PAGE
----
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Variance and Standard Deviation



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Chapter 4 : Variance and Standard Deviation



Variability arrow_upward


  • The goal for variability is to obtain a measure of how the scores spread out in a distribution. 
  • A measure of variability accompanies a measure of central tendency as basic descriptive statistics for a set of scores.
  • Variability can be measured with:
    • Range.
    • Interquartile range.
    • Standard deviation.
    • Variance.

    Standard Deviation arrow_upward


  • A measure of variability that describes an average distance of every score from the mean is known as standard deviation.
  • The square root of the variance is also standard deviation.
  • It shows variation about the Mean.
  • Population Standard Deviation:
    • If x1 , x2 , …….. xN denotes all N values from a population, then the population standard deviation is given by:

        Where,

         is the mean of population.

      

  • Sample Standard Deviation (S):
    • If x1 , x2 , …….. xN denotes all N values from a population, then the sample standard deviation is given by:

       Where,

        is the mean of sample.


    Steps to Calculate Standard Deviation of a Sample arrow_upward


  • Calculate the mean of the sample.
  • Find the difference between each entry (x) and the mean. Square the deviations from the mean.
  • Sum the squares of the deviations from the mean.
  • Divide the sum by (n – 1) to get the variance.
  • Take the square root of the variance to get the standard deviation.
  • Example:
  • Find the Standard deviation of the data set given below:
  • 1, 2, 3, 4, 5
  • Solution:
    Step 1:

    X

    1

    3

    -2

    4

    2

    3

    -1

    1

    3

    3

    0

    0

    4

    3

    1

    1

    5

    3

    2

    4


    Step 2:
  • Find the sum of  
  • 4 + 1 + 0 + 1 + 4 = 10 
  • Step 3:
  • Find n – 1.
  • n = 5
  • n – 1 = 5 – 1 = 4
  • Step 4:
  • Now we get the Standard Deviation using the formula:
  •    


    Variance arrow_upward


  • The square of the standard deviation, it is a description of how much each score varies from the mean.
  • Example:
  • Determine the standard deviation and variance from following data:
  •     30, 26 and 22

  • Here, n = 3.
  • Solution:

    30

    4

    16

    26

    0

    0

    22

    -4

    16

    Mean = 26

    0

    32


  • The Variance:
  •     = 32 ÷ 2 = 16

  • The Standard Deviation:

  • Understanding Standard Deviations arrow_upward


  • Greater  means more dispersion of data.
  • Below are the two data sets with same mean but different standard deviations.

  • Coefficient of Variation arrow_upward


  • It is the measure of relative variation.
  • It shows variation relative to the mean.
  • It is used to compare two or more sets of data measured in different units.
  • Where,
  •     = Sample Standard Deviation.

         = Sample Mean.


    Z – Score arrow_upward


  • Z – Score is the difference between the value and the mean, divided by the standard deviation.
    • The value of the z-score tells exactly where a raw score is located relative to all the other scores in the distribution.
    • A score that is located two standard deviations above the mean will have a z-score of +2.00.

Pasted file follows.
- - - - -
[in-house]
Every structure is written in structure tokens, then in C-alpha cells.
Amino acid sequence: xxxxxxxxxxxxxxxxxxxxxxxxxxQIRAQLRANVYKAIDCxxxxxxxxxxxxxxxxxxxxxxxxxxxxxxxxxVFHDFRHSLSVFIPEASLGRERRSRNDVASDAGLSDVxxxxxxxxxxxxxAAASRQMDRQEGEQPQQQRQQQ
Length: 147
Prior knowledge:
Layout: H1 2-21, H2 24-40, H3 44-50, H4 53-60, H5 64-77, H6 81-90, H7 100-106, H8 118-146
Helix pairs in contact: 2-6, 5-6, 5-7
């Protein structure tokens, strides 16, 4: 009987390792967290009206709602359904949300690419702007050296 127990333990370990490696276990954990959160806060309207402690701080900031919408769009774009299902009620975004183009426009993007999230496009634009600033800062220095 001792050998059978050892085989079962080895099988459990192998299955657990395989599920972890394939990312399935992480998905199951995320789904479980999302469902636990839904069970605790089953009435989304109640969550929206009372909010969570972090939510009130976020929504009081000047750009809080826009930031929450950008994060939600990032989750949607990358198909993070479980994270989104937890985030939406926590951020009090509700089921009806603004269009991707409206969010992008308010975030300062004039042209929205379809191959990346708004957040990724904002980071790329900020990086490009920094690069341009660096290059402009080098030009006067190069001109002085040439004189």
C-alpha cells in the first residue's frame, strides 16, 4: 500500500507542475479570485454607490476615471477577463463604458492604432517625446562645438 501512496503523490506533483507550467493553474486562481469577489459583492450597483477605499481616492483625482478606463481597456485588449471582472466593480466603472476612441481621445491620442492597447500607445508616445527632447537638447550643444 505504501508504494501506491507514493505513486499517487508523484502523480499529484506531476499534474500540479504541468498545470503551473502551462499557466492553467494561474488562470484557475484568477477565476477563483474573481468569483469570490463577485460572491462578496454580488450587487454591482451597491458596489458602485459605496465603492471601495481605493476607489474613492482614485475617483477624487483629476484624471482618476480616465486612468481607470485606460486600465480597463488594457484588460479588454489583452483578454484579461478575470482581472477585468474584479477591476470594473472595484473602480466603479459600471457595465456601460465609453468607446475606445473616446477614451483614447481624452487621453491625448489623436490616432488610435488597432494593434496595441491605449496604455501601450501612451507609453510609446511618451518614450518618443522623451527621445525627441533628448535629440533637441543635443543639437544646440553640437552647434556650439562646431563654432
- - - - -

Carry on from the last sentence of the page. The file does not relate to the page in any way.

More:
• The z-score is often called the Standardized Value.
  • Useful in identifying outliers (extreme values).
    • Outliers are values in a data set that are located far from the mean.
    • The larger the Z – Score, the larger the distance from the mean.
    • A Z – Score is considered an outlier if it is

           Or


    Negative Z – Score arrow_upward


  • Z- Score is negative if a data value is less than the sample mean.

  • Positive Z – Score arrow_upward


  • Z- Score is positive if a data value is greater than the sample mean.

  • Zero Z – Score arrow_upward


  • Z- Score is zero if the data value is equal to the sample mean.

  • Chebyshev’s Theorem arrow_upward


  • Chebyshev's Theorem enables us to state that a proportion of data values must be within a specified number of standard deviation of the mean.
  • This theorem applies to any data set regardless of the shape of the distribution of the data.

  • Chebyshev’s Rule:

  • At least   of the data values must be within z standard deviation of the mean where z is any value greater than 1.
  • For z = 2, 3 and 4, the theorem states that:
    • At least  75% of the observations must be contained within the distances of 2 Standard Deviation around the mean.
    • At least 88.89% of the observations must be contained within the distances of 3 Standard Deviation around the mean.
    • At least 93.75% of the within the distances of 4 Standard Deviation around the mean.


    Bell-Shaped Distribution arrow_upward


  • “Bell curve” refers to the shape that is created when a line is plotted using the data points for an item that meets the criteria of “normal distribution”.
  • For most data sets:
    • Approximately 68% of the observations fall within  Standard Deviation (SD) around the mean.


    • Approximately 95% of the observations fall within  Standard Deviation SD around the mean.

    • Approximately 99.7% of the observations fall within  SD around the mean.

     

    Applications:
  • Normal distributions are used in statistics to make inferences about the population mean when the sample size n is large.


  • Thank You from Kimavi arrow_upward


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